A tortoiseshell cat in a bed

What Causes Tortitude?

While we wait for researchers to explore any possible genetic causes of the tortoiseshell cat’s unique personality, there is one possible option to consider.

Female cats are widely considered more independent and less affectionate than male kitties. Again, this assumption tends to be based on observations rather than verifiable facts, but it exists nonetheless, to the point that several studies have confirmed its existence.

Tortoiseshell and calico cats are almost universally female because the gene that produces the coat color is sex-linked. Female cats, like female humans, carry a XX chromosome. Coat color is controlled by genes on the X chromosome, one for orange fur and one for black.

Male cats possess XY chromosomes, so they only have one X controlling their coat color. Because females have XX chromosomes, they have two possible coat color genes. During genetic development, one gene on each chromosome is inactivated, but the process is random.

Tortoiseshell and calico cats are female cats who end up with active color genes in both orange and black. Calicos possess an additional gene change that results in white color with the black and orange. The occasional male calico or tortoiseshell is actually the result of a genetic mutation rather than normal development.

When you combine the assumption about female cats’ personalities with the fact that torties are almost always female, it’s logical to wonder whether that might contribute to their reputation for “tortitude.”

What Other Factors Influence a Cat’s Personality?

The tortie’s coat color may or may not have a verifiable impact on their personality, but there are some other factors involved as well. These causes apply more generally to all cats, not just tortoiseshells, and have more of a basis in research.

Genetics

Cats inherit some personality traits from their parents, just as humans do. A 2019 study from Finland found that almost half of the behavioral differences among cats are inherited. Both overall personality and behavior traits showed genetic links among the cats studied.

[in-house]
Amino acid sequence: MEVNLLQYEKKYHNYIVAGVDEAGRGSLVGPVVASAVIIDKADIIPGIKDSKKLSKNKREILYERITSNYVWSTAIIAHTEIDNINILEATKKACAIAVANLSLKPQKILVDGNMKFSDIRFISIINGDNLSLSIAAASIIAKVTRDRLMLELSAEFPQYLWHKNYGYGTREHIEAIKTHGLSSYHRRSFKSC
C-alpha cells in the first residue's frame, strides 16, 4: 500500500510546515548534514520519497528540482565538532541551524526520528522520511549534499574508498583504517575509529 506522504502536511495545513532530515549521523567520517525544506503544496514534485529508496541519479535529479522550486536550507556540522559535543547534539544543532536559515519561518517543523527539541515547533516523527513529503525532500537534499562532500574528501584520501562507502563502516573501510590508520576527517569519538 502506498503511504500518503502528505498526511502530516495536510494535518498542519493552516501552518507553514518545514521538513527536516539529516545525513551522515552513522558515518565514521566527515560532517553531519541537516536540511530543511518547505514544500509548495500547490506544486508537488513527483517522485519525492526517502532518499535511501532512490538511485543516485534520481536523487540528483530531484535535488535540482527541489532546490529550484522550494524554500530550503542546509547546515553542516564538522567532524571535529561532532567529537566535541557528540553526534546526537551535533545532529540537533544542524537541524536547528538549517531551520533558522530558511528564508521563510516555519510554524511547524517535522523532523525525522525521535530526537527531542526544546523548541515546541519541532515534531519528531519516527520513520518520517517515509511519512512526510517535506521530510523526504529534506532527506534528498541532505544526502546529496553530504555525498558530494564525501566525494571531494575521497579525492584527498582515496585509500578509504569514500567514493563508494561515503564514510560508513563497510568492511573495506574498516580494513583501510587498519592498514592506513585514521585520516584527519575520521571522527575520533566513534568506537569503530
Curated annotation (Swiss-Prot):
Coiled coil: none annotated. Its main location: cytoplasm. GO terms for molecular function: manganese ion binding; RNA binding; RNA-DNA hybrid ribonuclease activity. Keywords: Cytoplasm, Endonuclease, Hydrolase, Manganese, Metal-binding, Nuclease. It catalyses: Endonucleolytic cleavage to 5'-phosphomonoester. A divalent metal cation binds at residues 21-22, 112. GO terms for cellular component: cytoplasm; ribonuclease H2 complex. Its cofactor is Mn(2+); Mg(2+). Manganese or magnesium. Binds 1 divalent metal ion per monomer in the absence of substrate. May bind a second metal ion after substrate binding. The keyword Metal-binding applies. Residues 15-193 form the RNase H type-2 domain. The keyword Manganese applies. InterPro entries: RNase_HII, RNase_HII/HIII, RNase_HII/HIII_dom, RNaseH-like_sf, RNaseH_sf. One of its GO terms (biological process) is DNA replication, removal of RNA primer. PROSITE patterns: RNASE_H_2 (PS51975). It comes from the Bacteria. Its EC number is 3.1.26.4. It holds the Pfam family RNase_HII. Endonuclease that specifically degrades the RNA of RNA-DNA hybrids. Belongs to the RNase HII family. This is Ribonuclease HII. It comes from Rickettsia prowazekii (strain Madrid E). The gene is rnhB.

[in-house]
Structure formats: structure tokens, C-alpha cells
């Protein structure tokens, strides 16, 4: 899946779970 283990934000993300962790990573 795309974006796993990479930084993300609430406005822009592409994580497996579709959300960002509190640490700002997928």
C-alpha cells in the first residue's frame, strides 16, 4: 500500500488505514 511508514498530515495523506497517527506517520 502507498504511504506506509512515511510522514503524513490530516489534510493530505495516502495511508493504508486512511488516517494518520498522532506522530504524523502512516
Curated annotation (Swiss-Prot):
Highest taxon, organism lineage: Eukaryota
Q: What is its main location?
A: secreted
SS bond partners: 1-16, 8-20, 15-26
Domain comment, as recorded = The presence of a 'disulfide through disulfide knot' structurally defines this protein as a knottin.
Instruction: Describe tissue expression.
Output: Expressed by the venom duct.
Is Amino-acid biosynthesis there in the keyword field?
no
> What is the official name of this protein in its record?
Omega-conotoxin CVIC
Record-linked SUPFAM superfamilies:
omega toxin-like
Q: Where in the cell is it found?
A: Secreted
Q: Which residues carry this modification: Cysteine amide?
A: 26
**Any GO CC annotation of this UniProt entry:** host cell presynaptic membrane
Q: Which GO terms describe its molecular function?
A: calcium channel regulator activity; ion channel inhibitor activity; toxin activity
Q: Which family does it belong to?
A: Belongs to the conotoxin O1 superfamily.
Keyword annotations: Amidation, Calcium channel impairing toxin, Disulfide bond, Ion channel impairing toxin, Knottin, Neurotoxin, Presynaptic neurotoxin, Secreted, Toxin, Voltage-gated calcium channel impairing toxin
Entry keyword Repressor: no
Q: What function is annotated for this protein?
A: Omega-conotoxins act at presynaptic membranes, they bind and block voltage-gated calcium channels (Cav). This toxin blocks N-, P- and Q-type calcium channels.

The study was conducted using primarily purebred cats but did include mixed-breed house cats as well. Because tortoiseshell is a color pattern, not a breed, many purebred cats are born this color, including popular ones such as the Maine Coon. Your tortie’s personality may be shaped by these purebred cat traits, including inherited ones discovered by this study.

Socialization

Early socialization is a major factor in the development of a cat’s personality. The American Association of Feline Practitioners says that 3–9 weeks old is the most crucial behavioral window for kitten development. Kittens who interact with humans during this time are unlikely to develop a fear of them in the future, while cats who are poorly socialized at this age may have behavioral issues as adults.

Research has found that kittens who had multiple positive interactions with humans between 2–7.5 weeks tend to remain friendlier towards humans later in life. Kittens with good early socialization adapted more quickly to new humans. For these cats, it takes only a few positive interactions with a new person for them to trust them.